Ruling on IG Investigations Is a Victory for Good Government

Court decision preserves the independence agency watchdogs need.

It is unusual for a member of a regulatory body to be pleased that a court overturned a decision by that body. Yet that is the position I find myself in with respect to a recent decision by the U.S. Court of Appeals for the District of Columbia Circuit. In a victory for effective and efficient government, the court decided proposals concerning investigations conducted by inspectors generals are barred from collective bargaining.

Before I became a member, the FLRA had ruled that federal agencies and unions could bargain over proposals related to inspector general investigations. In reviewing the FLRA’s decision, the federal appeals court was required to resolve a conflict between two statutes that were passed more than 35 years ago—the Inspector General Act and the Federal Service Labor-Management Relations Statute. Siding with the Homeland Security Department and overruling the FLRA, the court determined that collective bargaining is “antithetical” to IG independence as established by the IG Act. Despite being a member of the FLRA, I believe that the D.C. Circuit got it right in this case. The cause of good government and the interest of the taxpayer will be well-served by this decision.

In 1978, Congress overwhelmingly passed the IG Act, which established the Office of the Inspector General in many agencies to combat fraud, abuse, waste and mismanagement in the programs and operations of the federal government.

The law’s provisions are devoted to establishing IG’s independence from the agencies they oversee. Under the law, agency heads cannot prohibit an IG “from initiating, carrying out, or completing any audit or investigation.” In addition, agencies must give IGs “access to all records, reports, audits, reviews, documents, papers, recommendations, or other material[s] available” related to the IG’s duties. Only the president can remove or transfer an IG from his or her position. Even then, the president must provide the reasons for such action to Congress within 30 days.

The D.C. Circuit’s decision protects this statutory independence—and the important work performed by IGs—by barring proposals concerning IG investigations from the collective bargaining process. As DHS stated in its brief to the court, collective bargaining would have “the ironic result of permitting” agencies and unions “to accomplish through collective bargaining precisely what the [IG] Act bars [an] agency head from doing—i.e., controlling the way an [IG] conducts investigations.” As DHS so aptly stated, “Congress could not have contemplated” when it passed the IG Act that the IGs’ independence, which it had so carefully and painstakingly created, would “be negated by collective bargaining.”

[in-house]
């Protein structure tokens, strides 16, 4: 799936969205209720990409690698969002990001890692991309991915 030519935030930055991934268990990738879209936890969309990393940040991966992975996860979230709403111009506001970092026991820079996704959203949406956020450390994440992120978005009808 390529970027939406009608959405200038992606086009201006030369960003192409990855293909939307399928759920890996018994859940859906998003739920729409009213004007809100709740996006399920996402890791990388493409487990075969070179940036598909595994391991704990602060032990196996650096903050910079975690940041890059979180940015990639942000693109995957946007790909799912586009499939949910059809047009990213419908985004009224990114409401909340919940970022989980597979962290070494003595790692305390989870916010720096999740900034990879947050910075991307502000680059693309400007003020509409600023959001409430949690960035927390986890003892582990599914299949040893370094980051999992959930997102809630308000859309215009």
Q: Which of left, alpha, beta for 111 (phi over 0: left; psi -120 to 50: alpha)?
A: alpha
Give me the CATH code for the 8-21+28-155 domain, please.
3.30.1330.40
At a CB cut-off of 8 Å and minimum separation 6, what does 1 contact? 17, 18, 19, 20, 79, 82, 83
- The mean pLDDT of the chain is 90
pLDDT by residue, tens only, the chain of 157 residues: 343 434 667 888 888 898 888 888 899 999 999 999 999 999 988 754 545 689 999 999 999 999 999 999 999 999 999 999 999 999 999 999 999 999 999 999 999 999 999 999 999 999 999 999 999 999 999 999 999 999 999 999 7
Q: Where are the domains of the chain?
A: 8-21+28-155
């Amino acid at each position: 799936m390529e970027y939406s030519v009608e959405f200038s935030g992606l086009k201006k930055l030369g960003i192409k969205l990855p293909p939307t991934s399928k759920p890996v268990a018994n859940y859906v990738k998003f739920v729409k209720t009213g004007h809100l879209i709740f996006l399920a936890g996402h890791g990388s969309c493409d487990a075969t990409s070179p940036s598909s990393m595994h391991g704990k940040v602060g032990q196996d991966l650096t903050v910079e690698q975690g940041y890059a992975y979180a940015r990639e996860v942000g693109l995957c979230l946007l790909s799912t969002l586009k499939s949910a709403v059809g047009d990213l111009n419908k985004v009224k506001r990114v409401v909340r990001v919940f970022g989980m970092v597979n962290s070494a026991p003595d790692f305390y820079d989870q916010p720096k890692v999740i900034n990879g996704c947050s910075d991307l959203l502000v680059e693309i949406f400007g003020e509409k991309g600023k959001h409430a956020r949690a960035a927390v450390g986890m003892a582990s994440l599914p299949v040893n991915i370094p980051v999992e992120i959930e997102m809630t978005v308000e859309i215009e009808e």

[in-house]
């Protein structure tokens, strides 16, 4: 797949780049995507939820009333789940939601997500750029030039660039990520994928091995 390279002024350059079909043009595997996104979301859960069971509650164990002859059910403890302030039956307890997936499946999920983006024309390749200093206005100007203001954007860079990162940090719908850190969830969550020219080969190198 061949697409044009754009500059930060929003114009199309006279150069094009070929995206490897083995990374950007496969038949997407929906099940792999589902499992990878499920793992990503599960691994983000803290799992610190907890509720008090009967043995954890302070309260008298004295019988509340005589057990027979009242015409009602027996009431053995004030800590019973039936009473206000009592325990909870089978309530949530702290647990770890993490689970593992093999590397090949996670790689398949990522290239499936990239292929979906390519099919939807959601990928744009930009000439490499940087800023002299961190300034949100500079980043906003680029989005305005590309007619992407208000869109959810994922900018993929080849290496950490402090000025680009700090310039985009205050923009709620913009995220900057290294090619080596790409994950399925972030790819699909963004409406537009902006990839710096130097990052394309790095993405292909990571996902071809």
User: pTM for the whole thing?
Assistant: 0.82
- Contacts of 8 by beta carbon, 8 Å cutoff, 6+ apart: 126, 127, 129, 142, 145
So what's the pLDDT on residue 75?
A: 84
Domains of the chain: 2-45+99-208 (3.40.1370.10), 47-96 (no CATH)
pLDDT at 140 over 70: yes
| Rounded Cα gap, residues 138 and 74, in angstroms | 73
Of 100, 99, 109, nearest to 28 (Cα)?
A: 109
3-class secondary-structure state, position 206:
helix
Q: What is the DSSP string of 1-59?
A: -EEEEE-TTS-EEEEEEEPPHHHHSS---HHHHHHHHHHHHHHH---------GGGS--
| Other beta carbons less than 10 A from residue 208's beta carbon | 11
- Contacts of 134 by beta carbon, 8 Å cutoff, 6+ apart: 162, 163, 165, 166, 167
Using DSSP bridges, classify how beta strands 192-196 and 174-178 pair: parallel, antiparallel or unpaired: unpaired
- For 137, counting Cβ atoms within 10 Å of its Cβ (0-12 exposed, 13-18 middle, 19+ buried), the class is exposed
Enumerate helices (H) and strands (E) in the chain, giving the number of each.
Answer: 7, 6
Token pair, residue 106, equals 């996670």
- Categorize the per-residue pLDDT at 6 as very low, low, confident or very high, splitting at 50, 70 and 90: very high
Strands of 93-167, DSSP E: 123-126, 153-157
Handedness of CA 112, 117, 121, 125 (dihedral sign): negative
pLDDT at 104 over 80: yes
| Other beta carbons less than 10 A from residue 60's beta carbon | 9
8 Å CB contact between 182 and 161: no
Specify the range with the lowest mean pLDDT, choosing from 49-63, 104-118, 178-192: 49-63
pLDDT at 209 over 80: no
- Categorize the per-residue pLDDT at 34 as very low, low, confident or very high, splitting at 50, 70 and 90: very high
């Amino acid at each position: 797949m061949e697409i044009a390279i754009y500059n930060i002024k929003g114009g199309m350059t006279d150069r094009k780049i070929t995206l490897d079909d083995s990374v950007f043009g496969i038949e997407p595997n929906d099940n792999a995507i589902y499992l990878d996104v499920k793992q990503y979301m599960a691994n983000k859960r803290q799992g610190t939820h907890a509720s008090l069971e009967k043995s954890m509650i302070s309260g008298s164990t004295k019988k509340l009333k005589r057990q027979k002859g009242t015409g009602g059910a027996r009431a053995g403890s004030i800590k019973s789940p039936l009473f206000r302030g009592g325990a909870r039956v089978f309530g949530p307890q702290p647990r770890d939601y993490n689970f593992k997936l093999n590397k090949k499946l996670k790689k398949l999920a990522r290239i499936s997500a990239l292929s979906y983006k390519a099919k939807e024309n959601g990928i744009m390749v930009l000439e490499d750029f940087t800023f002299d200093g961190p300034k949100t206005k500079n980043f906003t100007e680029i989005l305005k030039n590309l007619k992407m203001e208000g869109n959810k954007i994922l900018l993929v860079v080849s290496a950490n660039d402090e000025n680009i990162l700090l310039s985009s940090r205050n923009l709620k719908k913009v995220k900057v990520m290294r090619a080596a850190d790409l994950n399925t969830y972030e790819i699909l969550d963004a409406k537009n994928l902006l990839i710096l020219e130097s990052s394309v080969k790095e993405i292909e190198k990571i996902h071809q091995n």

If agencies and unions could bargain over proposals involving IG investigations, the ability of IGs to investigate union corruption would be seriously undercut. IGs often partner with the Labor Department’s Office of Labor-Management Standards to investigate wrongdoing by union officials. In 2012, for example, following joint investigations by OLMS and Labor’s IG, a former president of the American Federation of Government Employees in Clever, Missouri, and a former president of the National Association of Government Employees in Alexandria, Virginia, both pleaded guilty to charges related to embezzlement of union funds. In 2013, OLMS and the Veterans Affairs Department’s IG determined that a former AFGE president in New York City had embezzled more than $110,000. These investigations would have been significantly hindered if unions, through collective bargaining, could place restrictions on IGs and the timing, techniques and procedures that they use.

The D.C. Circuit’s decision also contributes to, in the words of the Federal Service Labor-Management Relations Statute, the effective conduct of public business. IGs contribute significantly to improving the economy and efficiency of the federal government. In 2012, IG investigations resulted in more than 5,000 criminal prosecutions, more than 1,000 civil actions, and more than 3,000 personnel actions.

In recent years, IGs have uncovered significant wrongdoing in the federal government. Just last year, the Environmental Protection Agency’s IG determined that a former senior official had defrauded the agency of nearly $900,000 while pretending to work for the CIA. In 2013, an IG at the Treasury Department discovered that the IRS had used inappropriate criteria to identify tax-exempt applications for review, impermissibly basing such selection on the entity’s name or policy position. And, in the process of rebuilding after Hurricane Katrina, various agencies’ IGs investigated allegations of fraud, waste and abuse that led to 407 arrests and 225 convictions.

The D.C. Circuit’s decision is not just a victory for common sense, but it is also a victory for the taxpayer and those who believe in the importance of an effective and efficient government. As President Carter remarked after the passage of the IG Act, “the real damage of fraud and abuse cannot be measured just in dollars or cents, for the value of people’s trust and faith in their institutions of self-government are priceless.” By safeguarding the independence of IGs, the D.C. Circuit’s decision helps ensure that the purpose of the IG Act will be realized, and the Federal Labor-Management Relations Statute will not be used to complicate the work of IGs.

Patrick Pizzella was confirmed as a member of the Federal Labor Relations Authority in October 2013 and previously served as assistant secretary for administration and management at the Labor Department (2001-2009). The views expressed are his own.

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